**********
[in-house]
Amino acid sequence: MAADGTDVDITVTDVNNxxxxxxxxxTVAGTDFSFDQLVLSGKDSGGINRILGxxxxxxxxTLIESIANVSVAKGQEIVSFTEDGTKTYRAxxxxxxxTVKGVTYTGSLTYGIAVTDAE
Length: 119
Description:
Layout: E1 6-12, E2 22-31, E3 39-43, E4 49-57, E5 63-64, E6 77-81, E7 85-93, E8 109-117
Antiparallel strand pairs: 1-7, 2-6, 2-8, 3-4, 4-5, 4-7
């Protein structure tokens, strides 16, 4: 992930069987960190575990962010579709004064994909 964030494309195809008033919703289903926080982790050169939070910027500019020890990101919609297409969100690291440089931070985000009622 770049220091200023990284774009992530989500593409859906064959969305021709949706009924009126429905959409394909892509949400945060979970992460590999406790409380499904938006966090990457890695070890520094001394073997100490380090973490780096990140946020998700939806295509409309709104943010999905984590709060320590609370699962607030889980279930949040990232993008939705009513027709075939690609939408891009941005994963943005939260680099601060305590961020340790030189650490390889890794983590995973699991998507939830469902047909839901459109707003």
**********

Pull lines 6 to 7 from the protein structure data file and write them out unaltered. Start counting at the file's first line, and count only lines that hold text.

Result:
Antiparallel strand pairs: 1-7, 2-6, 2-8, 3-4, 4-5, 4-7
């Protein structure tokens, strides 16, 4: 992930069987960190575990962010579709004064994909 964030494309195809008033919703289903926080982790050169939070910027500019020890990101919609297409969100690291440089931070985000009622 770049220091200023990284774009992530989500593409859906064959969305021709949706009924009126429905959409394909892509949400945060979970992460590999406790409380499904938006966090990457890695070890520094001394073997100490380090973490780096990140946020998700939806295509409309709104943010999905984590709060320590609370699962607030889980279930949040990232993008939705009513027709075939690609939408891009941005994963943005939260680099601060305590961020340790030189650490390889890794983590995973699991998507939830469902047909839901459109707003």